start page | rating of books | rating of authors | reviews | copyrights

Book HomeWeb Design in a NutshellSearch this book

Chapter 18. Server Side Includes


How SSI Is Used
SSI and the Server
Adding SSI Commands to a Document
Using Environment Variables
SSI Commands
Include Variables
Time Formats for SSI Output

In layperson's terms, Server Side Includes (SSI) are special placeholders in an HTML document that the server replaces with actual data just before sending the final document to the browser. By the time the document gets to the browser, it looks just like any other HTML page (even if someone happens to "view source"), as though you typed the data into the HTML source by hand.

When the server looks through the file for placeholders (SSI commands), it is said to parse the file. The server then inserts the requested data, which could be anything from the current date and time to other HTML documents to the results of a CGI script. (The complete list of information available via Server Side Includes is listed later in this chapter.)

18.1. How SSI Is Used

SSI allows you to create the framework for pages that will be dynamically generated by the server. For the web author, this can be a powerful tool for managing site production and increasing efficiency. The following are just a few examples of the ways SSI can be used:

Obviously, these are just a handful of possibilities, but they demonstrate the sort of tasks well suited for Server Side Includes.

18.1.1. Advantages

Server Side Includes offer the following advantages:

  • It's easy to learn the basic SSI syntax and start implementing simple SSI.

  • Most servers provide support for SSI or can add it quickly (check with your server administrator first).

  • Pages can be dynamically generated, including up-to-the-second information and content served based on information about the users' viewing environment.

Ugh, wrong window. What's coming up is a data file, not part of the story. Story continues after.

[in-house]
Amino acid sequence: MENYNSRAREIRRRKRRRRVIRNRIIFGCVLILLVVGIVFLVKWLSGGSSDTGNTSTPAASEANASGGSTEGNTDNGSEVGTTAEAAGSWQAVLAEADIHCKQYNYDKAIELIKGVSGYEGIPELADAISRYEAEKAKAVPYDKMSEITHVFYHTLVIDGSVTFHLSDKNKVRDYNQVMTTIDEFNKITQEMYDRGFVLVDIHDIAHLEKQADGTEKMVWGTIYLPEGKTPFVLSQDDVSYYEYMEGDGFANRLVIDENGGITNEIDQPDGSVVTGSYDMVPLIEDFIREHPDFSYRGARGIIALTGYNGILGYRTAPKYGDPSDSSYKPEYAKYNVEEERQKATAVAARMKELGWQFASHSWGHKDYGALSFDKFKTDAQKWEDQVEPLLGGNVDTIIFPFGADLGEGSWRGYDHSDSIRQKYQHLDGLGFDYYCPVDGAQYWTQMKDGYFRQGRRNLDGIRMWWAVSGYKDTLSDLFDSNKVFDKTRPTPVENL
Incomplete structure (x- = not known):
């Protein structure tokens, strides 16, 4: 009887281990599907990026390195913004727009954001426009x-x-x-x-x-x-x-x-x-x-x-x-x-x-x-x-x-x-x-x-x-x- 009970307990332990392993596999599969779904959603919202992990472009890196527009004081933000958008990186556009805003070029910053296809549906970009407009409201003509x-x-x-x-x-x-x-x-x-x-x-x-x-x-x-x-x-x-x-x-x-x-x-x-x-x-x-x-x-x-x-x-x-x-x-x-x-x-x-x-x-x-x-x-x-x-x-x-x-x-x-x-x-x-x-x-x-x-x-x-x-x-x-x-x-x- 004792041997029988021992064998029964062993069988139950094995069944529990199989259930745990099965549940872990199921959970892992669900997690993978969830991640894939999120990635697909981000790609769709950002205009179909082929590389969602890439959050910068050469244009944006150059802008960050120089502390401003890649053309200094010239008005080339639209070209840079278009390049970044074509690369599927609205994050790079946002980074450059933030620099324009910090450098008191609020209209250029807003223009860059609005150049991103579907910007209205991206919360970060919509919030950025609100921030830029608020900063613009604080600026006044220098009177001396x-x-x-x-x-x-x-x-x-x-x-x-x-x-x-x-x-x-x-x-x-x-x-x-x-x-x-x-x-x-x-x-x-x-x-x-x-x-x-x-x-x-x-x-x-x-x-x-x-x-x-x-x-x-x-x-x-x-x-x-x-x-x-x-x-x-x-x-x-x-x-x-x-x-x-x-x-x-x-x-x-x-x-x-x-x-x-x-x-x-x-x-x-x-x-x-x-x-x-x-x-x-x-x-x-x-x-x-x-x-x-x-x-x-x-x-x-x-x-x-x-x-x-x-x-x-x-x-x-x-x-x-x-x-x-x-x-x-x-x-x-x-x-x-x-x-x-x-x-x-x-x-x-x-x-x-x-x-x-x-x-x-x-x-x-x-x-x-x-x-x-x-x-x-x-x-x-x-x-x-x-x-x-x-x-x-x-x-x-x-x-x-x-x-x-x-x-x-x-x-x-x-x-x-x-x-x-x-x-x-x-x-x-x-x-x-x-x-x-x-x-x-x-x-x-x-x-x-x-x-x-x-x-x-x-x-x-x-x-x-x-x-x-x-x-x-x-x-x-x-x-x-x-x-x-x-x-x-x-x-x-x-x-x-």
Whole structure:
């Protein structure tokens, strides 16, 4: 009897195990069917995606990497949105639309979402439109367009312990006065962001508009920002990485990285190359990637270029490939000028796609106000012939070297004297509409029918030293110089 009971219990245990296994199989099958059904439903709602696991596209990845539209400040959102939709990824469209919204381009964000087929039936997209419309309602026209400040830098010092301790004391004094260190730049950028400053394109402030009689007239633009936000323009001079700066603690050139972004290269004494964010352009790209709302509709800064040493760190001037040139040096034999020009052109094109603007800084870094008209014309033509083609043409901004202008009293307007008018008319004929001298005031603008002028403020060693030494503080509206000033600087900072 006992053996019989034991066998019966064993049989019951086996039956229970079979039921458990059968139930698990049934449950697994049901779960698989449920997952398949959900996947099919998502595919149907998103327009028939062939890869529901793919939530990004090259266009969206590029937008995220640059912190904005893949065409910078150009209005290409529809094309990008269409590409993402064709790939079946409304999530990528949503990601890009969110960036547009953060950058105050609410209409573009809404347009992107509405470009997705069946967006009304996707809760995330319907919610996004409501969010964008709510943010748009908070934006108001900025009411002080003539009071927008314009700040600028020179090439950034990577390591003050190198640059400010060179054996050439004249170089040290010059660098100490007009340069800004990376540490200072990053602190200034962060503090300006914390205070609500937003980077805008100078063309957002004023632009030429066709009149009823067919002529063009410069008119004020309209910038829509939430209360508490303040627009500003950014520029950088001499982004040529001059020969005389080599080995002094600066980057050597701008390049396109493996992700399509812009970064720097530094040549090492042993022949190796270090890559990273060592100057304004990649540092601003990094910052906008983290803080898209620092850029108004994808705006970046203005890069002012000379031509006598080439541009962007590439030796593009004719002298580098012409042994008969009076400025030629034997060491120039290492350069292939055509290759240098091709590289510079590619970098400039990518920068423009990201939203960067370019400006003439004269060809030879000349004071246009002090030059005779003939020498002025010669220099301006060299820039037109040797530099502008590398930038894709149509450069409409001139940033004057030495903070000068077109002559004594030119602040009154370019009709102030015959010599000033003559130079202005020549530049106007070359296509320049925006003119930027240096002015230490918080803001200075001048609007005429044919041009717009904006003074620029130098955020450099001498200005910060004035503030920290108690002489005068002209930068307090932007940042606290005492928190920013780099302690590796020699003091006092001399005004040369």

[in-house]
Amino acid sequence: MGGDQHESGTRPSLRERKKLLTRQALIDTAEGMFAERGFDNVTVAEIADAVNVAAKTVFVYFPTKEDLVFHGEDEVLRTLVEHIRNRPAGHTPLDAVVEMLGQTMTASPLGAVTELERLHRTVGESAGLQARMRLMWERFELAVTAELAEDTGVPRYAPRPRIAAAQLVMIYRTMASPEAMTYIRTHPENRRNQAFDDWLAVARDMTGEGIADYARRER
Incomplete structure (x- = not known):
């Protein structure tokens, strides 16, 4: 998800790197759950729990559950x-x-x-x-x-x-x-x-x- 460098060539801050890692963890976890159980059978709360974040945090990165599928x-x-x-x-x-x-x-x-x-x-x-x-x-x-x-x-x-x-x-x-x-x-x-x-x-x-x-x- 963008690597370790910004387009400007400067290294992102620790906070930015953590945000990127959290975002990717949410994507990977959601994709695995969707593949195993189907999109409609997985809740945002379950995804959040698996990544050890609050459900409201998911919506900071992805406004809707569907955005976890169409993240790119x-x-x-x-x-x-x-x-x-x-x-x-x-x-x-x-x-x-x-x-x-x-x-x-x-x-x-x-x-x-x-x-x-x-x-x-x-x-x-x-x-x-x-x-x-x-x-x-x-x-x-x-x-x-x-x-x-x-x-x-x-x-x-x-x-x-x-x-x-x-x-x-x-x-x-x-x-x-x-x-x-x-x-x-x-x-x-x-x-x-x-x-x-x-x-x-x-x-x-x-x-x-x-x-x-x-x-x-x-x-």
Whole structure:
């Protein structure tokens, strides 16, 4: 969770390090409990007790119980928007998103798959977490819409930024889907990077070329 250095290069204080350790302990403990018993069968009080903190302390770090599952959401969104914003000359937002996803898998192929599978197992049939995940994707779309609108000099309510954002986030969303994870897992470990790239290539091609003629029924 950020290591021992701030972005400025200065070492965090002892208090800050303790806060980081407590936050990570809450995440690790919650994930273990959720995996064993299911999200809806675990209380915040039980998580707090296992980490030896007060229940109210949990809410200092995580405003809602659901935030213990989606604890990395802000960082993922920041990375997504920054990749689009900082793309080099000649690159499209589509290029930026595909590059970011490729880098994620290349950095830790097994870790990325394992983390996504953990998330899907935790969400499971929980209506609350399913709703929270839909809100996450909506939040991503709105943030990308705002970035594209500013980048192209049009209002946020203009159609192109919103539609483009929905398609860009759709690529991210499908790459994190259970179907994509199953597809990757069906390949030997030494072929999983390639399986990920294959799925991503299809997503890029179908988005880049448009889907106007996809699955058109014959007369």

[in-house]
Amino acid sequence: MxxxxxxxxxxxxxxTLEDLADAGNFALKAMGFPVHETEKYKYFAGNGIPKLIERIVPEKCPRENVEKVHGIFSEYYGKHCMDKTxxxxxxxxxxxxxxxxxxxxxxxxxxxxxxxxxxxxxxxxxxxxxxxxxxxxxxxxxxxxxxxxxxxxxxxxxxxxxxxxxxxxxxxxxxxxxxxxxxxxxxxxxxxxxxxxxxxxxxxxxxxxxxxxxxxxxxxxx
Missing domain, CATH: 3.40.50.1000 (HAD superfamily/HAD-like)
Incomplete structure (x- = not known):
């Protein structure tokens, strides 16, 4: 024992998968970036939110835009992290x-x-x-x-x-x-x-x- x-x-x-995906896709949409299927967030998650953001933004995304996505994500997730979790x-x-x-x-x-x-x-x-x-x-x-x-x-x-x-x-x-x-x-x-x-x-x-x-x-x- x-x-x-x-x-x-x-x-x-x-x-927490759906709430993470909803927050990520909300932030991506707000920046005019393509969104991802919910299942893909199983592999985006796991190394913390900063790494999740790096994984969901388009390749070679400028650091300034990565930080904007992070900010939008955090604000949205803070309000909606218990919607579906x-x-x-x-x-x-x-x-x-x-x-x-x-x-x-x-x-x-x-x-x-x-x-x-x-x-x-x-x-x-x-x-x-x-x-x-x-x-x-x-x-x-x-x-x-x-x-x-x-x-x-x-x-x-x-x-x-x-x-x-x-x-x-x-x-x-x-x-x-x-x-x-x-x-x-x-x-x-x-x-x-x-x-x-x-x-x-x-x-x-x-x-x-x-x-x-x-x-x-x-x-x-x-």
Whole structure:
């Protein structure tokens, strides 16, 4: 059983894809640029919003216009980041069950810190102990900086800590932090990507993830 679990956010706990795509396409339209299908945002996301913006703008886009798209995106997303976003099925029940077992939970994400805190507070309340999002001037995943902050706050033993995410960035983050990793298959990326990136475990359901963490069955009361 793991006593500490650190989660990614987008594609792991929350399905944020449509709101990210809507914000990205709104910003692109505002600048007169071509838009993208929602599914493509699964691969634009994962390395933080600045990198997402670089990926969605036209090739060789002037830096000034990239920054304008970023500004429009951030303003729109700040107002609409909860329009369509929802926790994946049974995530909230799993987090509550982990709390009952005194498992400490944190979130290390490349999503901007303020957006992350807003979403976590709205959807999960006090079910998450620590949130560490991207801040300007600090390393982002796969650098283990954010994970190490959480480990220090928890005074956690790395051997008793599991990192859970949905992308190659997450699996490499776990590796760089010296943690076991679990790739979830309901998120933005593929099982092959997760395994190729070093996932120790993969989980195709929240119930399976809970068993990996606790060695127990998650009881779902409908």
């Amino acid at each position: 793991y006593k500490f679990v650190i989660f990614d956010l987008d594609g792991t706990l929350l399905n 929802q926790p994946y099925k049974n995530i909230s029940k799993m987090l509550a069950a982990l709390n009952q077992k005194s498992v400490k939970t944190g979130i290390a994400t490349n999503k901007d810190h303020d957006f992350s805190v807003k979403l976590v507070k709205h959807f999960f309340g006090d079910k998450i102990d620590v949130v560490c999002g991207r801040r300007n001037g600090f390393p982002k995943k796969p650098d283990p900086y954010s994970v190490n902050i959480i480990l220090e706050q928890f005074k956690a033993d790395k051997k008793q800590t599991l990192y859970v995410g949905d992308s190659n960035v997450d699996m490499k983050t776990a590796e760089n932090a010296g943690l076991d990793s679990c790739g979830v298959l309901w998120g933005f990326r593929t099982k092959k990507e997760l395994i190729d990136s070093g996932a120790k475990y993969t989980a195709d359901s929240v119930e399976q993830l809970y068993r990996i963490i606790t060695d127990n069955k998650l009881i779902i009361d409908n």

• It isn't browser-dependent like JavaScript, so it works for everyone (as long as it works on your server).

  • The commands don't display in the browser, so your methods are invisible to the user.

  • It's less work for the server than processing CGI programs for the same functions.

18.1.2. Disadvantages

There are few disadvantages:

  • Parsing a file and adding information requires slightly more work for the server than serving a straight HTML document.

  • Enabling Server Side Includes on the server may pose a security risk. Talk to your server administrator to find out the policy for SSI on your server.

  • SSI is not as robust a solution for dynamic page generation as other scripting methods such as ASP or PHP.

18.1.3. Getting the Most Out of SSI

The examples in this chapter illustrate the basic form and function of SSI commands. On their own, Server Side Includes provide some useful, though limited, tools for dynamic page generation. The real power of Server Side Includes comes in the combination of SSI commands with CGI scripts running on the server. The CGI programs do the necessary processing before the information is ready to be placed in the HTML page.

If you focus on front-end web design, you can get started right away using the elements and variables listed in this chapter, but you may need to consult a CGI programmer to design the back-end for more advanced SSI solutions.

Library Navigation Links

Copyright © 2002 O'Reilly & Associates. All rights reserved.